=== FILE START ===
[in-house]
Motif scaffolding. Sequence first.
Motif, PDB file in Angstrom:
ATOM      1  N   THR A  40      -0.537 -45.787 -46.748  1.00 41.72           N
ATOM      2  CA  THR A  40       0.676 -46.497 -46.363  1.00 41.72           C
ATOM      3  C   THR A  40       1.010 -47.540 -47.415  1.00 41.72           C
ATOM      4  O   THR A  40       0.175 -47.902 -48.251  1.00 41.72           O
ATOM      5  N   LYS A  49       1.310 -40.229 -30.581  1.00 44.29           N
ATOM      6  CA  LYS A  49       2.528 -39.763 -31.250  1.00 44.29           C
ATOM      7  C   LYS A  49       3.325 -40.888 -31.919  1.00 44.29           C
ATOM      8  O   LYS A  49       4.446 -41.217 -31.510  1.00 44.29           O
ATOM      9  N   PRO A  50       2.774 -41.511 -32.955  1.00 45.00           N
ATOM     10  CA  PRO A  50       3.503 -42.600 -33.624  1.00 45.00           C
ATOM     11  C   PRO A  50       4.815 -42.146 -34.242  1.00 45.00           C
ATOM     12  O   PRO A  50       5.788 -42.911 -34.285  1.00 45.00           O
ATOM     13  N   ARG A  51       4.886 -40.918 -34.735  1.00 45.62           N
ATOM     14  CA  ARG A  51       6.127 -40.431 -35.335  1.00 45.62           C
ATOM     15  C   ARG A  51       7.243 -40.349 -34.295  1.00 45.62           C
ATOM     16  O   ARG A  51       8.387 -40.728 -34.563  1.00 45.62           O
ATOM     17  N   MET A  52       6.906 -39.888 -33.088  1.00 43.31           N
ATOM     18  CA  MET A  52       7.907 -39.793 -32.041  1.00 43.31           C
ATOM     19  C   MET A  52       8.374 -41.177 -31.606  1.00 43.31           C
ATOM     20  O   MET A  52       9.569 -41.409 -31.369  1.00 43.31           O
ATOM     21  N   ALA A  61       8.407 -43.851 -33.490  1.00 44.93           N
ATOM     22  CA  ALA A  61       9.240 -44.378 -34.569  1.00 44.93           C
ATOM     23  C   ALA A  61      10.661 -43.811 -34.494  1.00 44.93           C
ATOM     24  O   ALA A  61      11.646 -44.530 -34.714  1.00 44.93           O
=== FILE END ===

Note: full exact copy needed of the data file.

[in-house]
Motif scaffolding. Sequence first.
Motif, PDB file in Angstrom:
ATOM      1  N   THR A  40      -0.537 -45.787 -46.748  1.00 41.72           N
ATOM      2  CA  THR A  40       0.676 -46.497 -46.363  1.00 41.72           C
ATOM      3  C   THR A  40       1.010 -47.540 -47.415  1.00 41.72           C
ATOM      4  O   THR A  40       0.175 -47.902 -48.251  1.00 41.72           O
ATOM      5  N   LYS A  49       1.310 -40.229 -30.581  1.00 44.29           N
ATOM      6  CA  LYS A  49       2.528 -39.763 -31.250  1.00 44.29           C
ATOM      7  C   LYS A  49       3.325 -40.888 -31.919  1.00 44.29           C
ATOM      8  O   LYS A  49       4.446 -41.217 -31.510  1.00 44.29           O
ATOM      9  N   PRO A  50       2.774 -41.511 -32.955  1.00 45.00           N
ATOM     10  CA  PRO A  50       3.503 -42.600 -33.624  1.00 45.00           C
ATOM     11  C   PRO A  50       4.815 -42.146 -34.242  1.00 45.00           C
ATOM     12  O   PRO A  50       5.788 -42.911 -34.285  1.00 45.00           O
ATOM     13  N   ARG A  51       4.886 -40.918 -34.735  1.00 45.62           N
ATOM     14  CA  ARG A  51       6.127 -40.431 -35.335  1.00 45.62           C
ATOM     15  C   ARG A  51       7.243 -40.349 -34.295  1.00 45.62           C
ATOM     16  O   ARG A  51       8.387 -40.728 -34.563  1.00 45.62           O
ATOM     17  N   MET A  52       6.906 -39.888 -33.088  1.00 43.31           N
ATOM     18  CA  MET A  52       7.907 -39.793 -32.041  1.00 43.31           C
ATOM     19  C   MET A  52       8.374 -41.177 -31.606  1.00 43.31           C
ATOM     20  O   MET A  52       9.569 -41.409 -31.369  1.00 43.31           O
ATOM     21  N   ALA A  61       8.407 -43.851 -33.490  1.00 44.93           N
ATOM     22  CA  ALA A  61       9.240 -44.378 -34.569  1.00 44.93           C
ATOM     23  C   ALA A  61      10.661 -43.811 -34.494  1.00 44.93           C
ATOM     24  O   ALA A  61      11.646 -44.530 -34.714  1.00 44.93           O